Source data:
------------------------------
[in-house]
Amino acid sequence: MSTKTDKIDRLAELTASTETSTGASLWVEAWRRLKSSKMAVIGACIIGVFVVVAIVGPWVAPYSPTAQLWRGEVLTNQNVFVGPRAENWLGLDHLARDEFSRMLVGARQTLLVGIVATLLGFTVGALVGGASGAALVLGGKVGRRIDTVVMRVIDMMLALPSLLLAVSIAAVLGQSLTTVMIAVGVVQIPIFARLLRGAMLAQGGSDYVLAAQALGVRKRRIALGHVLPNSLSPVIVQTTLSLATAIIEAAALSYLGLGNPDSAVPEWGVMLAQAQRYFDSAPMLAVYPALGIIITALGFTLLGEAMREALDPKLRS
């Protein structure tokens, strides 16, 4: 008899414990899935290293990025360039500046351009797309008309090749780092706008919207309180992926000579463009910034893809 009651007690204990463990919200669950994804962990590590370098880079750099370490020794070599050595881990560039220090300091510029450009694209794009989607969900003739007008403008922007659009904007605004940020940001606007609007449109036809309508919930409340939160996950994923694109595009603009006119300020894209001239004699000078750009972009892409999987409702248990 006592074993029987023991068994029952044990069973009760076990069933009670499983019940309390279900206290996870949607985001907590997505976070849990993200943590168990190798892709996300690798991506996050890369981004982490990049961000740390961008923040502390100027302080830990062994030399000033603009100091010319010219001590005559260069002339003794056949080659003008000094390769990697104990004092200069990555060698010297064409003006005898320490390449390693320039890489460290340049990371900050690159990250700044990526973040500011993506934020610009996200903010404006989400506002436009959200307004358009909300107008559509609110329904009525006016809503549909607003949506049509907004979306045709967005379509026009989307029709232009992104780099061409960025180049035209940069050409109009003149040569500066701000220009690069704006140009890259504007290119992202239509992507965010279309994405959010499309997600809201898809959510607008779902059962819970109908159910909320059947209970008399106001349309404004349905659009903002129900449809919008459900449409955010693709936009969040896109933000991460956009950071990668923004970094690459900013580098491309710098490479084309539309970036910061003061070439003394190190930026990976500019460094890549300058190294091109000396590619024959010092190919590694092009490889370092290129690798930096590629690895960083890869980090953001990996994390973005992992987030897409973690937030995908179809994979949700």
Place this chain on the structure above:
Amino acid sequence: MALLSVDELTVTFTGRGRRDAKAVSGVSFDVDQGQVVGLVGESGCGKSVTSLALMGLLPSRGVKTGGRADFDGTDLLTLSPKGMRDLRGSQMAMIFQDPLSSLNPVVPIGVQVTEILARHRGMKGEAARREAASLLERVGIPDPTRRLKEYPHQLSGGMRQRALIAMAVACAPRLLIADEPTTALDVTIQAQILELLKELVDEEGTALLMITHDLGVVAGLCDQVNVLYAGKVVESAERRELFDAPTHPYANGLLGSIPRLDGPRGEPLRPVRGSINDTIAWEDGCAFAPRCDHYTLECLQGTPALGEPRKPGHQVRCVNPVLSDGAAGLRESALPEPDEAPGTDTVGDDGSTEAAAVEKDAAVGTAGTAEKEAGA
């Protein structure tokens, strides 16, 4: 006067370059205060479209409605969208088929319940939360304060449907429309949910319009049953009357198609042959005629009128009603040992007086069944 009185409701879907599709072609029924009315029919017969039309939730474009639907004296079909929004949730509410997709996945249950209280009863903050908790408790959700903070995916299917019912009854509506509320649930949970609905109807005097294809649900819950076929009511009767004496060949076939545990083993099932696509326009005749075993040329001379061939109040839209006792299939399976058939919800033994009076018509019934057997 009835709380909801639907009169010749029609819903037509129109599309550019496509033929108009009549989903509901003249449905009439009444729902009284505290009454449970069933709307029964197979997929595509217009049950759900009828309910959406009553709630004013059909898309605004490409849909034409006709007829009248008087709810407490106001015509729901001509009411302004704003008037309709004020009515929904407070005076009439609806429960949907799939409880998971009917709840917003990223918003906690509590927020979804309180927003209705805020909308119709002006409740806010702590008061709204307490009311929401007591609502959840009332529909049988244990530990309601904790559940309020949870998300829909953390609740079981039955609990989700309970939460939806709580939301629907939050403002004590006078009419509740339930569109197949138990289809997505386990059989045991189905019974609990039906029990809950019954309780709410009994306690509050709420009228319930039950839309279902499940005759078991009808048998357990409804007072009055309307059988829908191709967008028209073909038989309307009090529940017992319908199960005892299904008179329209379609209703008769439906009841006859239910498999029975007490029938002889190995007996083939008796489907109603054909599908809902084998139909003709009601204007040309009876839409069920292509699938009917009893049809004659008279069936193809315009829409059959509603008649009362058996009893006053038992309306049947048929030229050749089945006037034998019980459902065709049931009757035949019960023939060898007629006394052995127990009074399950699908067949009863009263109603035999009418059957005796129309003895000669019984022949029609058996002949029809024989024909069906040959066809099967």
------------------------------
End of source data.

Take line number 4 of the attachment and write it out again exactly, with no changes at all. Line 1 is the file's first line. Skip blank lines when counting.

Place this chain on the structure above: